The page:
Wednesday, June 30, 2010

Art Resource Recommendation

I want to share a fabulous resource with you. I have discovered a New Zealand oil painter, Richard Robinson, that you might want to check out. I've purchased "Mastering Color" from his website, which is like a university course on color and all its complexities (according to Robert Genn). I have yet to dig into it... but I will this week.

Along with the course, I am receiving free painting lessons in my mailbox (signed up to receive his newsletter and free lessons), which I have been enjoying. There are good tips in these lessons for beginners and non-beginners alike! You can also watch these same videos on YouTube.

Today, I received this e-mail, which has some great tips on how to find inspiration. At the mid-point of this year, I think it is good to read, absorb, and then incorporate some (or maybe all) of these tips. As well, you could head over to Richard's site and check out his work for yourself. Maybe you'll gain some inspiration and encouragement for your art there! I know I did.

Hi Joanne,

I was out sailing on the Pacific a while back dwelling on the subject of passion.

If passion is the wind that fills your sails and gets you moving, inspiration is

the rudder which uses that power in a useful direction. Without direction to our

passion it's easy to just sail around in circles covering the same old water. Here's

some tips on finding inspiration:

Re-evaluate. Look at your latest works and notes to see where you have

come to and try to recapture your previous notions of where you were heading.

Absorb. Look at other artists' works on the web or printed media or galleries

to spark the desire to create something that beautiful.

Play. Just PLAY with your paints until something starts to emerge.

This can be lots of fun.

Set a Goal. Set a goal for learning or exploring a subject or technique which

will generate its own inspiring thoughts. e.g. Today I'm going to paint 4 small

cloud studies from life using only 2 colours and white.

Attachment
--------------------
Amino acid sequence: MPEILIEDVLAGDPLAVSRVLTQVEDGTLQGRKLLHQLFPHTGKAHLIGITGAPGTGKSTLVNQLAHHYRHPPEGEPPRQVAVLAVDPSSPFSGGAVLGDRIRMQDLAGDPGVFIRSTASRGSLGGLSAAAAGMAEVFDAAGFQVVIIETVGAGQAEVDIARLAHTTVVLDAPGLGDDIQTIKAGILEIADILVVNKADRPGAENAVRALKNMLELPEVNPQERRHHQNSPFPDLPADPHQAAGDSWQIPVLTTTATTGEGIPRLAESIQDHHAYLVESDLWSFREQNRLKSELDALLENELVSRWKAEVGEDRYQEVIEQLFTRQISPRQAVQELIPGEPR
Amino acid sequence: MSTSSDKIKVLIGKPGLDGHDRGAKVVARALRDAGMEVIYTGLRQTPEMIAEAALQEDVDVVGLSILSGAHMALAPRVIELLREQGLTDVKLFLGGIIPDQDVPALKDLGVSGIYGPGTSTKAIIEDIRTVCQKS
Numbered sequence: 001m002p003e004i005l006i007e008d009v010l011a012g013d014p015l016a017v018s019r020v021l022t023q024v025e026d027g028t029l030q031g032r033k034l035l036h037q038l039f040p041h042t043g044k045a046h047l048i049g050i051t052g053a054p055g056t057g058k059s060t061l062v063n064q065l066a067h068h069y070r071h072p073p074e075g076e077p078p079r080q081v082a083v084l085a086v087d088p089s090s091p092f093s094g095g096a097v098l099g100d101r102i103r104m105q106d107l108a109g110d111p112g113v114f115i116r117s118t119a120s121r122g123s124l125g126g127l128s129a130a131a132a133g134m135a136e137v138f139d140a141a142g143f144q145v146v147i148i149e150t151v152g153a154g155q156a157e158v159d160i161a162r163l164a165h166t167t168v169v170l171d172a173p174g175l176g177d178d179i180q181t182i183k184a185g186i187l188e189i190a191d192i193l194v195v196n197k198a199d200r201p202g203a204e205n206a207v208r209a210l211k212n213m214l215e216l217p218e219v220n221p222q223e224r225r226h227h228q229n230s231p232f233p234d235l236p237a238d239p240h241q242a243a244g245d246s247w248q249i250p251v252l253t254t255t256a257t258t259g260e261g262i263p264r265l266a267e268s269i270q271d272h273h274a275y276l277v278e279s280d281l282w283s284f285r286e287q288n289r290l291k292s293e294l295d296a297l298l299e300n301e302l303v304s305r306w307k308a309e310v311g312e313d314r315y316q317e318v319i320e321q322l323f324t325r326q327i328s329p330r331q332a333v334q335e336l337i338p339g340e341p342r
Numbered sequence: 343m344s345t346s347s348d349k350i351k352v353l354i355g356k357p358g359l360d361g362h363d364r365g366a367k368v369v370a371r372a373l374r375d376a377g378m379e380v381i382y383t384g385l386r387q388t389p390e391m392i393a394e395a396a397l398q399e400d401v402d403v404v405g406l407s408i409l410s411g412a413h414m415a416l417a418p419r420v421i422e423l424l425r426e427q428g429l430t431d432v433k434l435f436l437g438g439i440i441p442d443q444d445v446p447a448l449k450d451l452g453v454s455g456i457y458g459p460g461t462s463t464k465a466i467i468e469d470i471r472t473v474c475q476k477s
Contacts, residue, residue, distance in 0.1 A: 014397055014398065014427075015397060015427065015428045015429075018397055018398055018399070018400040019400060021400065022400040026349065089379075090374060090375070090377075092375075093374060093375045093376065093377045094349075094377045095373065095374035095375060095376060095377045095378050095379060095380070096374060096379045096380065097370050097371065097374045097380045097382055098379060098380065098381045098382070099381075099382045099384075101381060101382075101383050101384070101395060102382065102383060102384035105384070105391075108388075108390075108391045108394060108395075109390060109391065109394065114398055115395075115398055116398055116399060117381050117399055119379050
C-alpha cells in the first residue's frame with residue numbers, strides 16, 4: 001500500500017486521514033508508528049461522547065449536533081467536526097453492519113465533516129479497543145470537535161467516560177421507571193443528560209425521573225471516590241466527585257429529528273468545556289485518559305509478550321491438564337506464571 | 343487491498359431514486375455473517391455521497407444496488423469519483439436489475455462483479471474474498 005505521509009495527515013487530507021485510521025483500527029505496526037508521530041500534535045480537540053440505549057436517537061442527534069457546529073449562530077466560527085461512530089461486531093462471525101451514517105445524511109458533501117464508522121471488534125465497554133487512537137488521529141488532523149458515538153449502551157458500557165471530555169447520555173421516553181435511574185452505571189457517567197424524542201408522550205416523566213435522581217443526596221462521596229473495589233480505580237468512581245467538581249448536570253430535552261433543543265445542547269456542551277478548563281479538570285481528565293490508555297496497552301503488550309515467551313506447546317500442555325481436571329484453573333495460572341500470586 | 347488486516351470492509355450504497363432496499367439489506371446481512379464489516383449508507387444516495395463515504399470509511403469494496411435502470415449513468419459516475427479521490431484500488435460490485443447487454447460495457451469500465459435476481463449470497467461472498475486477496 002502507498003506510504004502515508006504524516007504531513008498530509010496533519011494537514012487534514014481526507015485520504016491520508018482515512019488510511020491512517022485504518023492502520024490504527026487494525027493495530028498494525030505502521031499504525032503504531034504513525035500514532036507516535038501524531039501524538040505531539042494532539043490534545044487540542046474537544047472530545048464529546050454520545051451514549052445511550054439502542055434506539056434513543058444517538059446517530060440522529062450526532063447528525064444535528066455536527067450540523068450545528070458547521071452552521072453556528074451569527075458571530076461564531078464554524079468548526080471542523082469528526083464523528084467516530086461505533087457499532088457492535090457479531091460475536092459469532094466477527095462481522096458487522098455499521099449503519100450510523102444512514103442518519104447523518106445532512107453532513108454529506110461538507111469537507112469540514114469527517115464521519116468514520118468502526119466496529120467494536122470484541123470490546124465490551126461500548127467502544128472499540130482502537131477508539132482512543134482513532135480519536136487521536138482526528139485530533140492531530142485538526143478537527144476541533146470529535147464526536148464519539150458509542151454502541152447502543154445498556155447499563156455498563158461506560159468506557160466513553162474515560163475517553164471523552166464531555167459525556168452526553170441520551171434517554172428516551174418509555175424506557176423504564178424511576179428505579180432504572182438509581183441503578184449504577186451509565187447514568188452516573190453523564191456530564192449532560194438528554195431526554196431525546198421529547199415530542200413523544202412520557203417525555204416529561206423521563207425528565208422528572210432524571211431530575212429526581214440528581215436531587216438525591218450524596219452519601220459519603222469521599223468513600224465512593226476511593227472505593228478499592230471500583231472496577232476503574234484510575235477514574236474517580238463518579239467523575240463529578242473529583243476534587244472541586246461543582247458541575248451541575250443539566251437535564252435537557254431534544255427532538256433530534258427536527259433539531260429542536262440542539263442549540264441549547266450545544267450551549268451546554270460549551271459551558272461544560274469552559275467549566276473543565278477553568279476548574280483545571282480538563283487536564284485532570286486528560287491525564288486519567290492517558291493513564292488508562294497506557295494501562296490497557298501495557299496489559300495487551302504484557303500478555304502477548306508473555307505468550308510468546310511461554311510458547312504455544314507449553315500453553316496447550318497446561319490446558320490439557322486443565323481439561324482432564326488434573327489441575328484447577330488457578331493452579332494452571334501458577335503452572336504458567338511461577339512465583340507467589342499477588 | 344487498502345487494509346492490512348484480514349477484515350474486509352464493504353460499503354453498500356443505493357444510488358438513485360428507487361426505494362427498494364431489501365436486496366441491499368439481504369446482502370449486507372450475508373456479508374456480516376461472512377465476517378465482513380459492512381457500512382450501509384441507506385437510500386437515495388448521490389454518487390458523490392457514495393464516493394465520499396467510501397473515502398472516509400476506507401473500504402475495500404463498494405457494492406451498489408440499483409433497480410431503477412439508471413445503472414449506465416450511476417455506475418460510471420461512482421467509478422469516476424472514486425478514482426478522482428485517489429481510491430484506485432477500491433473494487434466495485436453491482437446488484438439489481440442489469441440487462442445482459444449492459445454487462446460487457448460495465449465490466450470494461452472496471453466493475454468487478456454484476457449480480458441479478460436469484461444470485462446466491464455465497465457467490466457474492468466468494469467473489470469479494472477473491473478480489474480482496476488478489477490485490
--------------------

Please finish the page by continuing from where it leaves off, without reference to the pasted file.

Explore. Go exploring outside, by foot or vehicle, looking for things that grab

your eye.

Feel. Start with a feeling or a piece of music or poetry - how would you

paint that? Try to imbue everything you do with that feeling - from first sketch

to mixing paint, to each brush stroke - let it all be an expression of one idea.

Take a break! Sometimes we can just push too hard. It's amazing what a

little break can do for the creative juices.

Pray. I don't normally pray for things for myself, but the two times I've

been desperate enough to get down on my knees and pray for a creative

breakthrough, God has come through with flying colors - literally. Aside

from that, letting God have a hand in your work is an awesome experience.

I've heard others call it the 'flow state', where the work comes through you,

not from you. When you're finished you have the distinct feeling that you

couldn't have done it by yourself.

Meditate. I've found that meditation helps firstly with being calm

and centered, but also enhances your creative faculties, making it easier

to think clearly and purposefully, visualize powerfully and be more open

to the infinite creative power of God (or whatever you want to call it).

Love. Nothing great is created without love. The more love, the

greater the creation - just look at parenting! I've heard it said that as

artists we need to have a deep abiding love for both the large and the

small aspects of painting - from the process itself to our individual

brushes and paints. This is what it comes down to - if you are not

loving what you are doing, stop. Try to find that feeling again or find

something else to love.

There are an endless number of ways to generate inspiration for a

painting, and my list is just a drop in the ocean, so I encourage you to

explore ways that suit you - whatever works, do it!

Happy Painting,




Blog & Painter's Group:

ps. Here's how to get over 50% off my painting lessons:

"Unless you try to do something beyond what you have already mastered,

you will never grow."

Ralph Waldo Emerson

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